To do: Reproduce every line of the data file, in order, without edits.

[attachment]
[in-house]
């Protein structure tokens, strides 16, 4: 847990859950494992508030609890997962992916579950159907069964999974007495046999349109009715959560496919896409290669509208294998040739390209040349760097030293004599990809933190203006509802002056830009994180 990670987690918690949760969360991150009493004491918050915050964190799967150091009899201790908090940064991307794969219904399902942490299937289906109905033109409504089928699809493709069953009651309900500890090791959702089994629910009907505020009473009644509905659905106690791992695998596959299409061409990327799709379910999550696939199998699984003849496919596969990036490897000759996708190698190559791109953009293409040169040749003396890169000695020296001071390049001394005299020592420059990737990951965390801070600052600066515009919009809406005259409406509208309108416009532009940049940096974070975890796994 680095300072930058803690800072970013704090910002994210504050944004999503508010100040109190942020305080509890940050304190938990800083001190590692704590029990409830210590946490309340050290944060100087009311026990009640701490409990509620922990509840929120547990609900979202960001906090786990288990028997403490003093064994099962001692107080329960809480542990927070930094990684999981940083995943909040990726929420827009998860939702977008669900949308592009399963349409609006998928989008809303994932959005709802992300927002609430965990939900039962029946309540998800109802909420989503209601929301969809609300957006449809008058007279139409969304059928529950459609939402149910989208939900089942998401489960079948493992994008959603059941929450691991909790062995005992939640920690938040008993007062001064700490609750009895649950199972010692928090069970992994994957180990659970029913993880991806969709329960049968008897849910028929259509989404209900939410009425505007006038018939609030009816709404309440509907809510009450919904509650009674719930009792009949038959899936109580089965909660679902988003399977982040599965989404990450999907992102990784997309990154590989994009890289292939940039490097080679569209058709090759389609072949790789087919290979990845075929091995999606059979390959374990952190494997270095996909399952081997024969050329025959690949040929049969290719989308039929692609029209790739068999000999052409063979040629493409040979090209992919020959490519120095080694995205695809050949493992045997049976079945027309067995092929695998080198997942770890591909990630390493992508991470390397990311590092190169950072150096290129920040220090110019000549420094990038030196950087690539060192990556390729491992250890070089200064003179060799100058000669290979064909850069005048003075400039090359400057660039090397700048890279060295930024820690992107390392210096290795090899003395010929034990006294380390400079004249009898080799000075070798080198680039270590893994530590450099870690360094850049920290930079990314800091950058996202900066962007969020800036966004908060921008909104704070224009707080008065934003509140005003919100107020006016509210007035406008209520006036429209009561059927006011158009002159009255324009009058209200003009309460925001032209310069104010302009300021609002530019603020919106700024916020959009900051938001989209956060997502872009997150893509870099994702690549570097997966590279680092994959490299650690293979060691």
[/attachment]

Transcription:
[in-house]
């Protein structure tokens, strides 16, 4: 847990859950494992508030609890997962992916579950159907069964999974007495046999349109009715959560496919896409290669509208294998040739390209040349760097030293004599990809933190203006509802002056830009994180 990670987690918690949760969360991150009493004491918050915050964190799967150091009899201790908090940064991307794969219904399902942490299937289906109905033109409504089928699809493709069953009651309900500890090791959702089994629910009907505020009473009644509905659905106690791992695998596959299409061409990327799709379910999550696939199998699984003849496919596969990036490897000759996708190698190559791109953009293409040169040749003396890169000695020296001071390049001394005299020592420059990737990951965390801070600052600066515009919009809406005259409406509208309108416009532009940049940096974070975890796994 680095300072930058803690800072970013704090910002994210504050944004999503508010100040109190942020305080509890940050304190938990800083001190590692704590029990409830210590946490309340050290944060100087009311026990009640701490409990509620922990509840929120547990609900979202960001906090786990288990028997403490003093064994099962001692107080329960809480542990927070930094990684999981940083995943909040990726929420827009998860939702977008669900949308592009399963349409609006998928989008809303994932959005709802992300927002609430965990939900039962029946309540998800109802909420989503209601929301969809609300957006449809008058007279139409969304059928529950459609939402149910989208939900089942998401489960079948493992994008959603059941929450691991909790062995005992939640920690938040008993007062001064700490609750009895649950199972010692928090069970992994994957180990659970029913993880991806969709329960049968008897849910028929259509989404209900939410009425505007006038018939609030009816709404309440509907809510009450919904509650009674719930009792009949038959899936109580089965909660679902988003399977982040599965989404990450999907992102990784997309990154590989994009890289292939940039490097080679569209058709090759389609072949790789087919290979990845075929091995999606059979390959374990952190494997270095996909399952081997024969050329025959690949040929049969290719989308039929692609029209790739068999000999052409063979040629493409040979090209992919020959490519120095080694995205695809050949493992045997049976079945027309067995092929695998080198997942770890591909990630390493992508991470390397990311590092190169950072150096290129920040220090110019000549420094990038030196950087690539060192990556390729491992250890070089200064003179060799100058000669290979064909850069005048003075400039090359400057660039090397700048890279060295930024820690992107390392210096290795090899003395010929034990006294380390400079004249009898080799000075070798080198680039270590893994530590450099870690360094850049920290930079990314800091950058996202900066962007969020800036966004908060921008909104704070224009707080008065934003509140005003919100107020006016509210007035406008209520006036429209009561059927006011158009002159009255324009009058209200003009309460925001032209310069104010302009300021609002530019603020919106700024916020959009900051938001989209956060997502872009997150893509870099994702690549570097997966590279680092994959490299650690293979060691």